The Malta Independent 28 January 2023, Saturday
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TMID Editorial: Examining our court system

Tuesday, 6 December 2022, 11:23 Last update: about 3 months ago

Chief Justice Emeritus Vincent De Gaetano told The Malta Independent on Sunday that an overhaul of the criminal court procedures should be considered in the long term.

He explains that simply increasing the number of judges is not sufficient to tackle delays, which is why the aim should be to consider "a total overhaul of the system," and that this would also require a radical change in the mentality of both judges and magistrates, of the legal profession and of the administration.  The long-term aim should be to consider an overhaul directed towards ensuring that a criminal case begins and ends without interruption, "with the hearing being conducted throughout the day and possibly the following day and the one after, so on and so forth. Judgement would then be handed down at the end of the hearing," he said. This, he said, will be difficult to implement in the short term. "But unless we have that aim for the long term, we're never going to really tackle the problem of delays."

Judge De Gaetano's proposal is an interesting one that is definitely worth consideration. If we could somehow reduce the amount of time spent on each case, it would obviously help in terms of reducing court delays and for swifter justice. The trick would be reaching such a stage, where working in such a manner would not mean that cases would take too long to start being heard altogether.

Of course this would likely also mean that prosecutors and also defence lawyers would need to change the way they operate, dedicating efforts to one case at a time. Judge De Gaetano said that such a change would also raise a number of questions, such as whether such a move would be financially viable, and whether a more sophisticated legal aid system would be needed as a result.

But something needs to be done to tackle the length of time court cases take, and the former Chief Justice's point deserves serious consideration.

The country needs to declare some goals and explore ideas to improve the speed of Malta's justice system. Simply appointing more judges and magistrates is not the whole solution to the problem. While it is likely that more members of the judiciary are needed in court, we must not forget the support staff that they would also require, and the space needed for them to conduct their work. Employing the best possible support staff could also increase efficiency.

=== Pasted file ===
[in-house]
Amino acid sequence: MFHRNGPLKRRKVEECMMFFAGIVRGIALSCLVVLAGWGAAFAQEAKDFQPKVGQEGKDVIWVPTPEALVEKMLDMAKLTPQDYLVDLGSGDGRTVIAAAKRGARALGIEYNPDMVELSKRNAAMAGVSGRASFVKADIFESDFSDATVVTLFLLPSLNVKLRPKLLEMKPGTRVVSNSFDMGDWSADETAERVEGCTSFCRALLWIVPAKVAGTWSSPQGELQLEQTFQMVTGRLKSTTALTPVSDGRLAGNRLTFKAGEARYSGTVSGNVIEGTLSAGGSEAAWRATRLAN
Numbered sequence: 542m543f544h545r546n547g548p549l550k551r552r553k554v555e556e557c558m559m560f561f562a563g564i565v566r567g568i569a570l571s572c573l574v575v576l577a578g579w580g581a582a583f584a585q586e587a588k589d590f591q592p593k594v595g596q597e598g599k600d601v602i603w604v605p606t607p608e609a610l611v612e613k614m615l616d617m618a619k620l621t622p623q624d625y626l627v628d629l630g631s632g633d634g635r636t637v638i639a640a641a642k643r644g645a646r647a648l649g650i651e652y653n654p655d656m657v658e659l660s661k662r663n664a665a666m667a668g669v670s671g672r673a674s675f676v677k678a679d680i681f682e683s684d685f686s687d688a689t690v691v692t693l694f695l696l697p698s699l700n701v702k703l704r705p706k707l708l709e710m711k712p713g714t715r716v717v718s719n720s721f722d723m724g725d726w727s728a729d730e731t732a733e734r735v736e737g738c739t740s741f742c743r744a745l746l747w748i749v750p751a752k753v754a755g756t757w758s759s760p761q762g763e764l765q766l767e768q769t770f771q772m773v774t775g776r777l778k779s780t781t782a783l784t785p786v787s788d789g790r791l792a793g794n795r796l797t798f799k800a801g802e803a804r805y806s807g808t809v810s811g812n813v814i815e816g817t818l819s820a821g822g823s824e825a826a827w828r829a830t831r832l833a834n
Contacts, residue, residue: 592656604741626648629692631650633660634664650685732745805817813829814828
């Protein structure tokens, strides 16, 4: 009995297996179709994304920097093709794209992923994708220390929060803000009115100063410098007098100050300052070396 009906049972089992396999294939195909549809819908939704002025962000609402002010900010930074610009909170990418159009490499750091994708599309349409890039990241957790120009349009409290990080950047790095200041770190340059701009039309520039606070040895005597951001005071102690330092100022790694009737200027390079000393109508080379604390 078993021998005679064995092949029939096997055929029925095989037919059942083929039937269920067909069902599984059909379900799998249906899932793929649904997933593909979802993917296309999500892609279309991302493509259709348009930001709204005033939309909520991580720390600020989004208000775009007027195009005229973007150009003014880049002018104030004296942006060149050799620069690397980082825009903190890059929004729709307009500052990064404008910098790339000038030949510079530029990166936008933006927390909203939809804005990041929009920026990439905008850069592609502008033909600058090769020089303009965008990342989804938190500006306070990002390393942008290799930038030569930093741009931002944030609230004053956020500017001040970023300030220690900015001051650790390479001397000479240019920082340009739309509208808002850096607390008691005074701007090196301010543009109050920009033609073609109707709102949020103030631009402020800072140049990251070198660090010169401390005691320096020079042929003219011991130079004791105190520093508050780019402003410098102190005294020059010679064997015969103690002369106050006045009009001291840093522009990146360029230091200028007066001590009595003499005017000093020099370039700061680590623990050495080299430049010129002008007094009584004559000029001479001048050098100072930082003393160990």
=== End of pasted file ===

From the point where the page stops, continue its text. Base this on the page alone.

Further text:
But the former Chief Justice's point, that a long-term overhaul of criminal court procedures should be considered, is a goal worth exploring.

Another idea, which was put by this newsroom to the former Chief Justice, could potentially be to do away with the compilation of evidence stage. Asked about this, the former Chief Justice said that such an idea would require some very radical changes in police working methods and the way the police liaise with the Attorney General. "That would be tantamount to removing the 'discovery' stage of the criminal proceedings in serious cases. But it can be done. In England, for instance, the committal proceedings have been abolished."

Regardless if this doable in Malta or not, the point is that we should start discussing ways to improve the speed of proceedings and exploring possible options. Of course such a debate absolutely must involve the judiciary as well as members of the legal profession. Certain success has been achieved in appeal cases through changes that were introduced, so we should now focus on other courts.

 

 


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